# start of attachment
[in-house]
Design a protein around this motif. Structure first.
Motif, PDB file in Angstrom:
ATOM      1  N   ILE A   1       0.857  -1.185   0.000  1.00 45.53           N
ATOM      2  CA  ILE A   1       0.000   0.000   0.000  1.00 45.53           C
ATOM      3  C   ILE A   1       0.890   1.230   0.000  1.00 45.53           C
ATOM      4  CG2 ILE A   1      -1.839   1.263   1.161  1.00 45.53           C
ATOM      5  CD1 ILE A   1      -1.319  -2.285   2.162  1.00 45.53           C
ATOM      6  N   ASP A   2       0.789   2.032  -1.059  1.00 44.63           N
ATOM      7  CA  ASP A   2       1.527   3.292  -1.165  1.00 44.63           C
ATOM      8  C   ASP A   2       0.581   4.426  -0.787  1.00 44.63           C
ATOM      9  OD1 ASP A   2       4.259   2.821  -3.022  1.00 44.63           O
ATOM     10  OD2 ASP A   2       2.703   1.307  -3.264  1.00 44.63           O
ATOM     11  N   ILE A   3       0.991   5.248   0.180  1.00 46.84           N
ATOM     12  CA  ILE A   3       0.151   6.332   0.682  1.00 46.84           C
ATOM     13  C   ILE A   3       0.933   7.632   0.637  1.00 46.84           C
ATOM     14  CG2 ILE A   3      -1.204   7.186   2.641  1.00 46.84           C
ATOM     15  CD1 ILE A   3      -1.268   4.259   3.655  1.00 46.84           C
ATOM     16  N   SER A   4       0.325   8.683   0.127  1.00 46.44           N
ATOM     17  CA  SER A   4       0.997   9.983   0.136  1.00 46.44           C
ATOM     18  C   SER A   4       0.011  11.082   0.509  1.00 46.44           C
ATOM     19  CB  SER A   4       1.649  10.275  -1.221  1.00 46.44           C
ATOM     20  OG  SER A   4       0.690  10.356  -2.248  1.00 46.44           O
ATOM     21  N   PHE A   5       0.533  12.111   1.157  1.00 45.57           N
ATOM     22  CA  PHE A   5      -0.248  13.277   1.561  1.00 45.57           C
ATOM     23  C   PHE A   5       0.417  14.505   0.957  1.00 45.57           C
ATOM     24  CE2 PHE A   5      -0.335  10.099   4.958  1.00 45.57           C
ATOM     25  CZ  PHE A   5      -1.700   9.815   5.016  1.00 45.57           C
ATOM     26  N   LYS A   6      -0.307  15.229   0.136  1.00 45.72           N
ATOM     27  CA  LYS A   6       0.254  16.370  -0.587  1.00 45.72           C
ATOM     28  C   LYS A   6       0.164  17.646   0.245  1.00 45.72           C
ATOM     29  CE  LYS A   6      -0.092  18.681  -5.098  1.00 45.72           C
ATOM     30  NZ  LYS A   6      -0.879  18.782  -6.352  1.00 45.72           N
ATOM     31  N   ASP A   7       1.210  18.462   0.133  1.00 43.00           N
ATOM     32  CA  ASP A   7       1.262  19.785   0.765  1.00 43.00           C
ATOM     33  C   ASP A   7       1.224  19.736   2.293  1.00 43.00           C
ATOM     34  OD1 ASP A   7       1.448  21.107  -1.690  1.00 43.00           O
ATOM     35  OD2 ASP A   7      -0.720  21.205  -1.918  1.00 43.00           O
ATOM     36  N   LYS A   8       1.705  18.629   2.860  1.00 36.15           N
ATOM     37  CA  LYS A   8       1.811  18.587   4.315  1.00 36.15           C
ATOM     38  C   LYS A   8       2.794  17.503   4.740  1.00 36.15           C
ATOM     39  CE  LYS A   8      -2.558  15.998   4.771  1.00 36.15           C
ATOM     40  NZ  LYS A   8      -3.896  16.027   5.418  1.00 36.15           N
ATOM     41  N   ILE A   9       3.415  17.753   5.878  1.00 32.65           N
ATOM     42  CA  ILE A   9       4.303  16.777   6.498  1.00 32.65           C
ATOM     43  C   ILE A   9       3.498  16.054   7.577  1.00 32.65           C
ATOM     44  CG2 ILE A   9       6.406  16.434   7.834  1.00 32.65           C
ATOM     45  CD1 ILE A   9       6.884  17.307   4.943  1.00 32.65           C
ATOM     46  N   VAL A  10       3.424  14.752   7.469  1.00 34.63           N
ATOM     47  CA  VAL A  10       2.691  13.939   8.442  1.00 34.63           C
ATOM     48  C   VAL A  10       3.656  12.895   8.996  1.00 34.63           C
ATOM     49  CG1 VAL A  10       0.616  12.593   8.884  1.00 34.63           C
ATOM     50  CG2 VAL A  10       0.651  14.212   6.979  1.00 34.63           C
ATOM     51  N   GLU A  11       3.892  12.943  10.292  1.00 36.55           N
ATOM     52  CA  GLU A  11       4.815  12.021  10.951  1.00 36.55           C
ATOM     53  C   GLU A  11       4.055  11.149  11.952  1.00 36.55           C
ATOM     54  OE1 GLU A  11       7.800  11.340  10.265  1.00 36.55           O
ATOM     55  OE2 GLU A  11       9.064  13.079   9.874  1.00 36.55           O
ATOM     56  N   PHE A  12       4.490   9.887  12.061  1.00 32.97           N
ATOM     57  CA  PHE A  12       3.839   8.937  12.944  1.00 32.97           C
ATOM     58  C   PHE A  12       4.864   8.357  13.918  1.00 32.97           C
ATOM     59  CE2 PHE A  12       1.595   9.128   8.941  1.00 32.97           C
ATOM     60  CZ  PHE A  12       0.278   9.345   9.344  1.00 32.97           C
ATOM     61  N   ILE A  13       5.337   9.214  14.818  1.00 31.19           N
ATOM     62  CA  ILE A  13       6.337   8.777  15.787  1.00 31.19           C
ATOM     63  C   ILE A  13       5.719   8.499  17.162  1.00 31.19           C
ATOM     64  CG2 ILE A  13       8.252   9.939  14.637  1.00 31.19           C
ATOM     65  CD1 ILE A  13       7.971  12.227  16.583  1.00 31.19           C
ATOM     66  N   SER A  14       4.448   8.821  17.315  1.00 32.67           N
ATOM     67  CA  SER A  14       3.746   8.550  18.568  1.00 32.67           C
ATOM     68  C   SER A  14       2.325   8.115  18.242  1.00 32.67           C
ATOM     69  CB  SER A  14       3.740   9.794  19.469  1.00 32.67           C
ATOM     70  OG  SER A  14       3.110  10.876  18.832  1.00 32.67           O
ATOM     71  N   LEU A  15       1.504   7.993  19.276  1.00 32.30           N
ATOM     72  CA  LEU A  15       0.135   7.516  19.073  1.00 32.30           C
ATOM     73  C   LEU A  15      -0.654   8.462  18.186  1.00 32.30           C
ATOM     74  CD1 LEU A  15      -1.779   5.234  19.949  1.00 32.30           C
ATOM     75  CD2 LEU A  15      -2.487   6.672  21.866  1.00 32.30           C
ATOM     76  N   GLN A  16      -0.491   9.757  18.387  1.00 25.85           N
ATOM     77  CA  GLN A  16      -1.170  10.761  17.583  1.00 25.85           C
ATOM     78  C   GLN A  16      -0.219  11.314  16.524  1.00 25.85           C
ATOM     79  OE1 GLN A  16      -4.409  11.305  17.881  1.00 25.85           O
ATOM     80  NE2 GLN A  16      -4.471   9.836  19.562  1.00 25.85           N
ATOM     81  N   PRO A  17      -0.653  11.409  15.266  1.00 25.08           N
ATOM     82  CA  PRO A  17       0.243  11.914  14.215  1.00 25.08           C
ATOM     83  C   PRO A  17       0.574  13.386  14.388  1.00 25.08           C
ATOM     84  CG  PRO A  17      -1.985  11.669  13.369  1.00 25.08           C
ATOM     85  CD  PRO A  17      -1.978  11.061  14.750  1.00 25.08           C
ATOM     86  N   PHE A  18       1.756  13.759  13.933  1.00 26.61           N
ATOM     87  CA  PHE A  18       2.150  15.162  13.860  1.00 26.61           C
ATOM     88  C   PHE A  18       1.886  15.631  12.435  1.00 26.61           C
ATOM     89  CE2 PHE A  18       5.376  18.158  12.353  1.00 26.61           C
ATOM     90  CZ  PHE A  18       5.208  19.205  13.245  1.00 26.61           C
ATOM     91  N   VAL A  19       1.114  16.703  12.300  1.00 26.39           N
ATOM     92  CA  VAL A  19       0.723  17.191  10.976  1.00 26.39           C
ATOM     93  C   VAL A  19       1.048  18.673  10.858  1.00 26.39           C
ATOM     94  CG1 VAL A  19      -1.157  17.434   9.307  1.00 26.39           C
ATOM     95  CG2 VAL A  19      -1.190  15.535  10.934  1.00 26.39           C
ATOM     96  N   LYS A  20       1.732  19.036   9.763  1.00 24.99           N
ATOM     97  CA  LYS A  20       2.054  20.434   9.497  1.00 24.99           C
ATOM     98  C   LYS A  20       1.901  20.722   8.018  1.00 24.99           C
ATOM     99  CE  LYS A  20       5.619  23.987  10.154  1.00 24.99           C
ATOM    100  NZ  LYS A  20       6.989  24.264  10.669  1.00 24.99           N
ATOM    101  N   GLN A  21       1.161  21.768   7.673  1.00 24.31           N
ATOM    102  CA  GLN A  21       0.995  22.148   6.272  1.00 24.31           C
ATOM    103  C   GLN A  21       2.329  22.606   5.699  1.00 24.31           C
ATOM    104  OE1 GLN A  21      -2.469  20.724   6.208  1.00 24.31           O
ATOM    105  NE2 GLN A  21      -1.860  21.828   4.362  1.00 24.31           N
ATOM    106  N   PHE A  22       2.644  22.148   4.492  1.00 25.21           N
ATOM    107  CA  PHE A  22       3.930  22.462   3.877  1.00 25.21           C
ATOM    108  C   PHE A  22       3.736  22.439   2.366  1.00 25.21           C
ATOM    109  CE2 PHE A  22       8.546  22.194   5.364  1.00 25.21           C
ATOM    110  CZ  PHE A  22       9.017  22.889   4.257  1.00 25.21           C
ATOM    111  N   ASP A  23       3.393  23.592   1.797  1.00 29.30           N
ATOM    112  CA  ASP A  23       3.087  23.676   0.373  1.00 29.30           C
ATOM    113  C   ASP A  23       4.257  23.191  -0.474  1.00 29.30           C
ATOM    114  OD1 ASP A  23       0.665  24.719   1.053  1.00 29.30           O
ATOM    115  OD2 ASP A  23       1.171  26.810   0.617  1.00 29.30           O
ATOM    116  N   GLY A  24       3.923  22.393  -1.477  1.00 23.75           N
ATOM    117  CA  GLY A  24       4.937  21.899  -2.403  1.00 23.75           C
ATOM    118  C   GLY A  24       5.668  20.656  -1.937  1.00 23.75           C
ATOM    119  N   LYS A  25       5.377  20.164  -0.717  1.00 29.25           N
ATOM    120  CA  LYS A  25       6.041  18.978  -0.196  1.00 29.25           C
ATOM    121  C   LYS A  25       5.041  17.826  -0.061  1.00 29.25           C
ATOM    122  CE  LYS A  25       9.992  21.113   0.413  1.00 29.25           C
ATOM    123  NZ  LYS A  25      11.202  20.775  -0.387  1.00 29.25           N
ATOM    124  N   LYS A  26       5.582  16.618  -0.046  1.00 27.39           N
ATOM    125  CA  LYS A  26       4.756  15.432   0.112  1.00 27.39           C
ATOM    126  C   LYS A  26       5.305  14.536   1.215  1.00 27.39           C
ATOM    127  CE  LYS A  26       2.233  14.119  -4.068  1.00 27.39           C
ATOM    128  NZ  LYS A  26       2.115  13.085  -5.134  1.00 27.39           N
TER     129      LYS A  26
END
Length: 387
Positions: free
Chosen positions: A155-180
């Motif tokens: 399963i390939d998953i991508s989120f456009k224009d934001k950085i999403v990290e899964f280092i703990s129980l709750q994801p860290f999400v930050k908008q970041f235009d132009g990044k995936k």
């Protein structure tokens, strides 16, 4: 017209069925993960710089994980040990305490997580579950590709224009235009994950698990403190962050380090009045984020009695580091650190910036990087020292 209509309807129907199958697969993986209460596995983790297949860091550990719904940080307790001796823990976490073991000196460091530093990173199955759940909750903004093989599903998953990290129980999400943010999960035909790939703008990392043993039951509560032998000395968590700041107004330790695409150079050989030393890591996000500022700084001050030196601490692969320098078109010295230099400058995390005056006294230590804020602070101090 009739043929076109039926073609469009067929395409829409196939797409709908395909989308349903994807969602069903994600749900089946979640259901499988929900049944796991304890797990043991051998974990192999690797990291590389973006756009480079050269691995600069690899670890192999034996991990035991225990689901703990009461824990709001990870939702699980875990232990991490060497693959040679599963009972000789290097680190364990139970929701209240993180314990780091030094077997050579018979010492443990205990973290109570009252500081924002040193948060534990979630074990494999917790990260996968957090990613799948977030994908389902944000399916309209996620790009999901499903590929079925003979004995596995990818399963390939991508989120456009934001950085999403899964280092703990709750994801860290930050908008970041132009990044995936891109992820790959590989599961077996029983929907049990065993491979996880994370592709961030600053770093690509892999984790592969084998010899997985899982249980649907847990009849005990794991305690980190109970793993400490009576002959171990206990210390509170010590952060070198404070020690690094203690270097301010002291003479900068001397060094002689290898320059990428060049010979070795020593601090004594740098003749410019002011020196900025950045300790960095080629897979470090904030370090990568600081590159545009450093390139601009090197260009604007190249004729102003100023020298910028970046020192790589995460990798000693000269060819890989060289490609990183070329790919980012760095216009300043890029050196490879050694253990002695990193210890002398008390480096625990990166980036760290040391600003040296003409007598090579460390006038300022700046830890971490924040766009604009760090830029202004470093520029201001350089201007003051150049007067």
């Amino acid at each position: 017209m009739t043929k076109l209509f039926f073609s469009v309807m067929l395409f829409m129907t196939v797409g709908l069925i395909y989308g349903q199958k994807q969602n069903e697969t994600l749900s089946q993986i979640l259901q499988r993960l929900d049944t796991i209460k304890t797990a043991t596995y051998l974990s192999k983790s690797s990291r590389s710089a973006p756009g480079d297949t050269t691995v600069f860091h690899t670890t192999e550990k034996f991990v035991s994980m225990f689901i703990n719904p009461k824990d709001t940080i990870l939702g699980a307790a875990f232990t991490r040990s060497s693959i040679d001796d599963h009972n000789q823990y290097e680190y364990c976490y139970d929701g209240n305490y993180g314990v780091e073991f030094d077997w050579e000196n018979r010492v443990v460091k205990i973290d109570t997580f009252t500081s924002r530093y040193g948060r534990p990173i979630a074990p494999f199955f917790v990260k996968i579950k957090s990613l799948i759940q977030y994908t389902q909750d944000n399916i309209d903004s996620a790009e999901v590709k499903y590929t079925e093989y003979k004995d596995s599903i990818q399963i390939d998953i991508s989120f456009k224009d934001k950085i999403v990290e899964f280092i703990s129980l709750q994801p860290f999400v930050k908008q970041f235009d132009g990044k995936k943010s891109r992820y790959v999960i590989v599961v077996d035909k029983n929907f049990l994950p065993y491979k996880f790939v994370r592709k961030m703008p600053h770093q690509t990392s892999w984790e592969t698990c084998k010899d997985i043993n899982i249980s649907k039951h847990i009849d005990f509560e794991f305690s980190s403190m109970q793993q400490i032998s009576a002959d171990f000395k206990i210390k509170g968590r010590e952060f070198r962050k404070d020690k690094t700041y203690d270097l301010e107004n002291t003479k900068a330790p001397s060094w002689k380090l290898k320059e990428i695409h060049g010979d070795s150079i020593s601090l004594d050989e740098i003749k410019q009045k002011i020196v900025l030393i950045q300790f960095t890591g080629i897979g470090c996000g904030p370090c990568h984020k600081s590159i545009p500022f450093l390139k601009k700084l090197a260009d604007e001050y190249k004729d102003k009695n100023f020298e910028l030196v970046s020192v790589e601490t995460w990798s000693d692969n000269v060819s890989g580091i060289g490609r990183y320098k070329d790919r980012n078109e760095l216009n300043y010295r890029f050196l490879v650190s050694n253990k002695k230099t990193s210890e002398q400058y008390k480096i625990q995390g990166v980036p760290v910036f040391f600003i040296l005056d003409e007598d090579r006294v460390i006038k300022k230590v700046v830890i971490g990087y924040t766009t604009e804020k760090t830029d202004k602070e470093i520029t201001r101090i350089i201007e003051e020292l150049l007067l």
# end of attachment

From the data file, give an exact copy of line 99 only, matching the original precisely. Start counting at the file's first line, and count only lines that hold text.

ATOM     96  N   LYS A  20       1.732  19.036   9.763  1.00 24.99           N